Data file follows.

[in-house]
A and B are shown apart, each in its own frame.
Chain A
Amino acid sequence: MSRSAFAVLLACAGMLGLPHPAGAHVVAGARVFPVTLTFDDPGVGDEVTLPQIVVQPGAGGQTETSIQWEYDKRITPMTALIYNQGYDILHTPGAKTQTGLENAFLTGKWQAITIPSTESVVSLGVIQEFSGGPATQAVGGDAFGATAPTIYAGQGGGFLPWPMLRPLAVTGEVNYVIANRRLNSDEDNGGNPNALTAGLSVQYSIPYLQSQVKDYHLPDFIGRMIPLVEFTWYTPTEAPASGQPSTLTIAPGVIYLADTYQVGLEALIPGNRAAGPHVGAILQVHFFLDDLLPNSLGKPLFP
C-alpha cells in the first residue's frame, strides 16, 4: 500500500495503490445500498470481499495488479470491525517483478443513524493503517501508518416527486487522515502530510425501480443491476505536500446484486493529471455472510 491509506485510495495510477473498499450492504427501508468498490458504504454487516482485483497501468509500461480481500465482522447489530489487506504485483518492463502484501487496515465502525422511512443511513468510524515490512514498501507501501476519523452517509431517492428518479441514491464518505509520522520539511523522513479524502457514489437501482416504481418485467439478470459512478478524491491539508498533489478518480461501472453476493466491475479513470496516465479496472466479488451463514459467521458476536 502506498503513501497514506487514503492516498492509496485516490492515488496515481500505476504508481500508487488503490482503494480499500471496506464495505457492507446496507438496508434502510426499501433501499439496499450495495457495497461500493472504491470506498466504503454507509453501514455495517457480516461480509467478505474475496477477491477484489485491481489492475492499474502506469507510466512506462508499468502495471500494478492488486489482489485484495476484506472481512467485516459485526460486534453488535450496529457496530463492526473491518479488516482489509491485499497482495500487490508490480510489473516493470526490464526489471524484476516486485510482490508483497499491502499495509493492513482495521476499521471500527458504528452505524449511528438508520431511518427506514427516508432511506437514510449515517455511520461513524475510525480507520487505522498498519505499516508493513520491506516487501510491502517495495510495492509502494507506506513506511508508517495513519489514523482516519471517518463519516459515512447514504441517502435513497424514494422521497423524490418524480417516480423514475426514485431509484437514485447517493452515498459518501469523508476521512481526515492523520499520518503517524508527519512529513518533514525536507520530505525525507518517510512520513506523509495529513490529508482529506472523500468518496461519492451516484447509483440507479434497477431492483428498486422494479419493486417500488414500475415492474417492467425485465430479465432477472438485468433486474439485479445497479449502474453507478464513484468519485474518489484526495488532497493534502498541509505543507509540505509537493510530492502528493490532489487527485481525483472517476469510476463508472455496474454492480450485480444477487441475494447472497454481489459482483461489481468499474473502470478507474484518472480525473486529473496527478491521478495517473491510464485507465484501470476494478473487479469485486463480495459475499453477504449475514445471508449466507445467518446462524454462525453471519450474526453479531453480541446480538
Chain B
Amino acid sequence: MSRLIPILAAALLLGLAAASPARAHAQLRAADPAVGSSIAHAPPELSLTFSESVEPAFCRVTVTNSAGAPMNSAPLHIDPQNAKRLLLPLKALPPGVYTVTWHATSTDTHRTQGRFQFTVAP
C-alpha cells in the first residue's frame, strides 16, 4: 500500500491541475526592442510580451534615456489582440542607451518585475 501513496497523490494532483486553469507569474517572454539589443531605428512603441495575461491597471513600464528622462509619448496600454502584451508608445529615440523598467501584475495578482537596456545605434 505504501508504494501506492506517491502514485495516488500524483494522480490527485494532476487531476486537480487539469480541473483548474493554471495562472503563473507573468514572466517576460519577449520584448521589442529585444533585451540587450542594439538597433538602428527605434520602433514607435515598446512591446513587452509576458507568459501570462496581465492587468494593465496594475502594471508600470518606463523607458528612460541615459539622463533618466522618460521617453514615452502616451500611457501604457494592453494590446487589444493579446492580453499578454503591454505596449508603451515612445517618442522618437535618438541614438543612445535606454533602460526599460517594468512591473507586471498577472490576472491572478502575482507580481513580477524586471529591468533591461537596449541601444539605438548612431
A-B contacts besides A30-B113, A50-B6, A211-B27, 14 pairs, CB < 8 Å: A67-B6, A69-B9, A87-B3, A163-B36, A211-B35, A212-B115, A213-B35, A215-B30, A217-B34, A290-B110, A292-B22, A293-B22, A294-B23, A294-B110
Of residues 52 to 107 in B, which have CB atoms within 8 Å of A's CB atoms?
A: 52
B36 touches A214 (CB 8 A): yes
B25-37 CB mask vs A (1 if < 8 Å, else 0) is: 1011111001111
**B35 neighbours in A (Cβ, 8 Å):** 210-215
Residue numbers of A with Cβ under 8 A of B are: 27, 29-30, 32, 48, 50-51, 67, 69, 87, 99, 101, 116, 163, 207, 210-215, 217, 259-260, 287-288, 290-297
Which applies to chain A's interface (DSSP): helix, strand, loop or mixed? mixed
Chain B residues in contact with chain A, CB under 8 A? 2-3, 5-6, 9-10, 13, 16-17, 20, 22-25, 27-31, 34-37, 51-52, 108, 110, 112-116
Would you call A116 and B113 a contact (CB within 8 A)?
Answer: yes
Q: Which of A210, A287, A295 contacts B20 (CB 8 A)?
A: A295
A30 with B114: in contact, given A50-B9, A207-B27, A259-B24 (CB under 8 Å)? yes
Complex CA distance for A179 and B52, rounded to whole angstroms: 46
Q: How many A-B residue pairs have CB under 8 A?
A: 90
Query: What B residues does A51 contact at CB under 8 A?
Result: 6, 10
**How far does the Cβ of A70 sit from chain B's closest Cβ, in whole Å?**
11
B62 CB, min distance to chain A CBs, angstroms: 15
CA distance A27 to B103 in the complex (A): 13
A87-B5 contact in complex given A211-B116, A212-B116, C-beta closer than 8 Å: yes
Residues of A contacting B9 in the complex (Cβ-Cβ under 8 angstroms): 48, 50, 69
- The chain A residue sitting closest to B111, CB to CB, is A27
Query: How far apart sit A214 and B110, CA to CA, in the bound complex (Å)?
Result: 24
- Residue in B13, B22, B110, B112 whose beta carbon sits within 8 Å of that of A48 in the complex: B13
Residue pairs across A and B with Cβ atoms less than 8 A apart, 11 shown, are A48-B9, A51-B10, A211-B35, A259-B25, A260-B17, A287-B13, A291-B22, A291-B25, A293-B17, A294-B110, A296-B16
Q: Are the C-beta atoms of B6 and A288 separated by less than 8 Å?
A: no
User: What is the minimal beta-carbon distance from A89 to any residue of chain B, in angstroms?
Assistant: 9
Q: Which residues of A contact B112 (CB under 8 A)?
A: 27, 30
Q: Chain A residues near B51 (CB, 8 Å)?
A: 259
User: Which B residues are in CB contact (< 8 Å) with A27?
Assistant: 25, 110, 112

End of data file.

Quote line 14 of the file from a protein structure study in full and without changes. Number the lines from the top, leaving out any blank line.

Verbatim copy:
**B35 neighbours in A (Cβ, 8 Å):** 210-215